Think and Grow Rich from Napoleon Hill. Analysis and opinion of the book.

Think and Grow Rich by Napoleon Hill

It is not difficult to find numerous self-help books on the market, and personal improvement written many times by gurus of more or less success. Tonny Robbins, or Robert Kiyosaki among many, are contemporary examples of our time. We live in a century where, thanks to the excess of information and the way of life, we find ourselves empty and lost before the world. We are looking for master recipes and quick and easy answers. Our grandparents did not ask themselves so many things and when they did, they had the great luck of living in a more peaceful world that allowed them to answer these questions with calm and wisdom based on their own experience and long-term, meditated and worked knowledge.

Being a bit direct, self-help books come to simplify the answers to our wishes, fears, failures, etc .; That is why we currently live moments in which gurus live by incessantly telling us what to do regardless of whether they do it themselves. However, Think and Grow Rich has the distinction of being a self-help book written in America in 1937. Seventy million copies in sales and translations into XNUMX different languages ​​give us an idea that we are dealing with the most influential book of the genre and famous of all times. In fact, there are many successful entrepreneurs and people who confess to being inspired by its content or business schools that include phrases from the book among their mantras.

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Think & Grow Rich Tech Sheet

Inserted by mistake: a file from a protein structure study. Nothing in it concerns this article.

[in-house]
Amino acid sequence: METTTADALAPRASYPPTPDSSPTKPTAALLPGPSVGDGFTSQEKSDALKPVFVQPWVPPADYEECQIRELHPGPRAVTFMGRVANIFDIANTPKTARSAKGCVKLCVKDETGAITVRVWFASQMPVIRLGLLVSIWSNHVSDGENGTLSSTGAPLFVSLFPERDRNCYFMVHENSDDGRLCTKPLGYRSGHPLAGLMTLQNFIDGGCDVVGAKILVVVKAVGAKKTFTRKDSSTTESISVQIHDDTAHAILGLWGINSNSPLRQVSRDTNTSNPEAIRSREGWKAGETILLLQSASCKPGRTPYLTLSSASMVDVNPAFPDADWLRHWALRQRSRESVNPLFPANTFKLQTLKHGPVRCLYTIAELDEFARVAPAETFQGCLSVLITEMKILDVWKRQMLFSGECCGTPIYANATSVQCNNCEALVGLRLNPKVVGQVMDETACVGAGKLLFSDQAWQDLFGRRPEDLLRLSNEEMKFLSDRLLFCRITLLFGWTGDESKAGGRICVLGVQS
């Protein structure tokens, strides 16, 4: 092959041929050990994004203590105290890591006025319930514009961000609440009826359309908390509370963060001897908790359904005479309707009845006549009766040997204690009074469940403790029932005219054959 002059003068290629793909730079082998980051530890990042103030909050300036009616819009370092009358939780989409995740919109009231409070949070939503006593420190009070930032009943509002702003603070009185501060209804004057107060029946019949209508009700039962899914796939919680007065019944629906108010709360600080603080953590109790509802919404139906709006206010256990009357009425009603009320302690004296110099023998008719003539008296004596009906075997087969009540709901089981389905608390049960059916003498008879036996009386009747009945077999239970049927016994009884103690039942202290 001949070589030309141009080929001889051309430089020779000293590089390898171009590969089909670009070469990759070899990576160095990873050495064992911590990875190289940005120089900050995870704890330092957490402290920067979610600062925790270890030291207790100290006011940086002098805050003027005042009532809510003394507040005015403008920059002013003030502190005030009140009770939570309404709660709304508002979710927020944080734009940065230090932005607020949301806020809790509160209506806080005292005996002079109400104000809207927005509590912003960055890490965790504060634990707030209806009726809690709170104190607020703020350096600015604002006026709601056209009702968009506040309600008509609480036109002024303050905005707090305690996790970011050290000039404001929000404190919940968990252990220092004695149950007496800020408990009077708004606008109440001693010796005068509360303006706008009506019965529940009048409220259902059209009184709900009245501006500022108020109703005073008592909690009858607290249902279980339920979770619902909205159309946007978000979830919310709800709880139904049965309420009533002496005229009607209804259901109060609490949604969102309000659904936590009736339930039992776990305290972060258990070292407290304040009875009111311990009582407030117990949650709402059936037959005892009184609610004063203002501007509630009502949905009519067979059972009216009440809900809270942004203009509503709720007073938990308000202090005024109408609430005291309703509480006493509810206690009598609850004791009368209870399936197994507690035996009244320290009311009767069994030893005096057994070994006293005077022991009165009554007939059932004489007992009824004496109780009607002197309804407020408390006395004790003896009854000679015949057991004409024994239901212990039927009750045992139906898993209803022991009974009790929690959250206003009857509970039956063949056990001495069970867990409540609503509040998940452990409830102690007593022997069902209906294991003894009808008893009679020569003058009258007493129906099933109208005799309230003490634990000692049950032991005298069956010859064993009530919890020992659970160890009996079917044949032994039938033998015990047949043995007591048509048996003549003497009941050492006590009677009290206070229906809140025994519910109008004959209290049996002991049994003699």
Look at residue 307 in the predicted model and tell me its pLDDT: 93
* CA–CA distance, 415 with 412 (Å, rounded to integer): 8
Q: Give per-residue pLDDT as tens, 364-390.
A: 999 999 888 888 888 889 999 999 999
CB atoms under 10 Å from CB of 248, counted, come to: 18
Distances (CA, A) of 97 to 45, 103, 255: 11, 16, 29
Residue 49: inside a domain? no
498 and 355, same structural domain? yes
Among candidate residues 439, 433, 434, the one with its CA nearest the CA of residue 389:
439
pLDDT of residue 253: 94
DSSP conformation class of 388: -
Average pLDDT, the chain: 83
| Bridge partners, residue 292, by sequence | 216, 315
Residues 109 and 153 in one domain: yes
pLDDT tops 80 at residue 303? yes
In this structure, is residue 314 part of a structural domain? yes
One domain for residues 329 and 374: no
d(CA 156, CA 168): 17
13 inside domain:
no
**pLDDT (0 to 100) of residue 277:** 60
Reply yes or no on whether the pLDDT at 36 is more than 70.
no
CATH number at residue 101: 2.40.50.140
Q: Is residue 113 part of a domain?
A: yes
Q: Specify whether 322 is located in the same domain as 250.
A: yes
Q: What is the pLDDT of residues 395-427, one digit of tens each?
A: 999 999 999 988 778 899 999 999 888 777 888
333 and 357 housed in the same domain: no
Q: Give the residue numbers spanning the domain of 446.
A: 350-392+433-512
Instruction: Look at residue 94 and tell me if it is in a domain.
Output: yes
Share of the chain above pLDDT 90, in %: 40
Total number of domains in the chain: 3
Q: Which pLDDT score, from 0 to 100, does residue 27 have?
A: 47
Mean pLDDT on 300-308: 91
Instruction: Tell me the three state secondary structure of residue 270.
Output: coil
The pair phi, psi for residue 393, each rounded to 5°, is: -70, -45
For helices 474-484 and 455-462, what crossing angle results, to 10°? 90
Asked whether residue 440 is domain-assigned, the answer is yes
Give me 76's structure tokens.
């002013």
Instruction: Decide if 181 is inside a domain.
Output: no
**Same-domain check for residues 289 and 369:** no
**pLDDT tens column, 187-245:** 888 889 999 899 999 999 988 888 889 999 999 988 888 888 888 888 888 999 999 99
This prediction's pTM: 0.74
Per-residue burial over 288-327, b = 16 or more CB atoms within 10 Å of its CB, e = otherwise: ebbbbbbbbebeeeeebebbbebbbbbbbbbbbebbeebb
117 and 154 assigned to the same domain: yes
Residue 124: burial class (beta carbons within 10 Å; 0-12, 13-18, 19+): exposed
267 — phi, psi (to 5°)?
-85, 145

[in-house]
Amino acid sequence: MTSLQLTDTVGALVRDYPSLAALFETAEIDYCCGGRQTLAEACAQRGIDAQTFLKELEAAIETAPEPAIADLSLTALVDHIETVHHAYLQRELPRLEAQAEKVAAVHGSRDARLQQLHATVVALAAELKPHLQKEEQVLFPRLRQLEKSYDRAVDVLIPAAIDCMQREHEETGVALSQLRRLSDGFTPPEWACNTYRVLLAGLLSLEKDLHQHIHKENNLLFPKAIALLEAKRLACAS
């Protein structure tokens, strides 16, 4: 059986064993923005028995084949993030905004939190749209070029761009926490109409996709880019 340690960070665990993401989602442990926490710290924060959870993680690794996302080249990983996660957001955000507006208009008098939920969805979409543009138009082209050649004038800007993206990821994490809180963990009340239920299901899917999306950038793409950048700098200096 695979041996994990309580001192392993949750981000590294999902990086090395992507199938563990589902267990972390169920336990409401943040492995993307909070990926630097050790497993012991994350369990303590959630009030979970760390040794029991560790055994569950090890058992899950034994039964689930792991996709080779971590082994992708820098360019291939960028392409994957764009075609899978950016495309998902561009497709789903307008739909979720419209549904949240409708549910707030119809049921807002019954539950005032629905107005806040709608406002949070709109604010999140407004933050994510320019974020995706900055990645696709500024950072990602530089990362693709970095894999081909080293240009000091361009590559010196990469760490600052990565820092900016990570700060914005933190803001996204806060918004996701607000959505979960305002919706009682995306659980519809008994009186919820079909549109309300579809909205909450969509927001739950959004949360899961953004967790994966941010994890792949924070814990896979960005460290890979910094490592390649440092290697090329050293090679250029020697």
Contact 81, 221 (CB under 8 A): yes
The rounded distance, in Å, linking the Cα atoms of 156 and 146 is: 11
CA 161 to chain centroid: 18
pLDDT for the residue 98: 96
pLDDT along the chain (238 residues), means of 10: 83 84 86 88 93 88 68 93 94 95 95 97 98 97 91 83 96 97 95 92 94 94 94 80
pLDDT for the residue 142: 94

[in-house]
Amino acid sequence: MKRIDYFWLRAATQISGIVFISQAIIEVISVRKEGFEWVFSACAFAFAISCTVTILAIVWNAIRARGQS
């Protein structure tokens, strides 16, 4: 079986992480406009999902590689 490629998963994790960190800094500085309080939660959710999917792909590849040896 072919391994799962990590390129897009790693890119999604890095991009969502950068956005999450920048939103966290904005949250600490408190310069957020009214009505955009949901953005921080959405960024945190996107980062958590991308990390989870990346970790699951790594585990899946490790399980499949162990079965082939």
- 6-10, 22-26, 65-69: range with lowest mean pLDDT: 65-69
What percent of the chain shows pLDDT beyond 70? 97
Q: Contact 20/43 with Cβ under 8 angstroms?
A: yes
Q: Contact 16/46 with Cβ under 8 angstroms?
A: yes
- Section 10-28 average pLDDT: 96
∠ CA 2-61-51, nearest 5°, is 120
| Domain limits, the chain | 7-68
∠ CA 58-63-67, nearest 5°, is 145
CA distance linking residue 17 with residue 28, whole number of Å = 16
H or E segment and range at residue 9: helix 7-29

• Title: Think and Grow Rich
  • Author: Napoleon Hill
  • Edition: 9th Edition Editions Obelisco 2017
  • Page: 318

Napoleon Hill's Think and Grow Rich Analysis

Part One: Essential Virtues and Motivation for Success.

Napoleon Hill said he met in person the quintessential iron and steel magnate, Scotsman Andrew Carnegie. From that meeting came the commission to carry out a work that would serve as a compendium of the thoughts of personalities such as John D. Rockefeller, Thomas Edison, Henry Ford and a list of up to 500 millionaires who were interviewed by Hill himself.

The author, the fruit of the knowledge acquired in these interviews, develops in this book 13 steps that constitute the path that anyone who wants to be successful and money must carry out:

The book could be divided into two different parts. The first refers to how the individual, through desire, autosuggestion, planning or persistence, can undertake a successful path to wealth. This part is highly recommended since Hill appeals to some virtues that have been demonstrated as efficient and necessary (not enough), to find success in life. No one with the minimum dose of common sense will be able to deny the usefulness of strongly desiring something as the first step towards success. Few people will be able to turn their back on persistence is an essential virtue in any goal that human beings pursue in life. Napoleon Hill develops these steps with an effective prose, versatile and easy to digest for all types of reader to the point that one comes to think (too optimistic in my opinion) that anything, implausible and complicated as it may seem, is possible to get.

In my opinion this is a positive quality, since it is the minimum that should be asked of a book of help, help and motivation. In this sense, a point of prudence could be introduced, since, although as noted, motivation is an essential ingredient in the diet of those who want to succeed, it is no less true that an excess of something can cause serious indigestion, especially all if you are not used to digesting it. Hill's writing is sumptuous and seductive for those in financial or personal delicate situations, evoking the epic and placing almost invincible wings on the shoulders of the afflicted and depressed. But beware, a motivated "fool" can be more dangerous than an unmotivated smart one. Motivation yes, realism and sense of things too. That is why this book and the first part in particular I would only recommend it in cases of people who have a high level of self-control and who are not in desperate situations. Otherwise it could harm more than help.

Second Part: esotericism and metaphysics.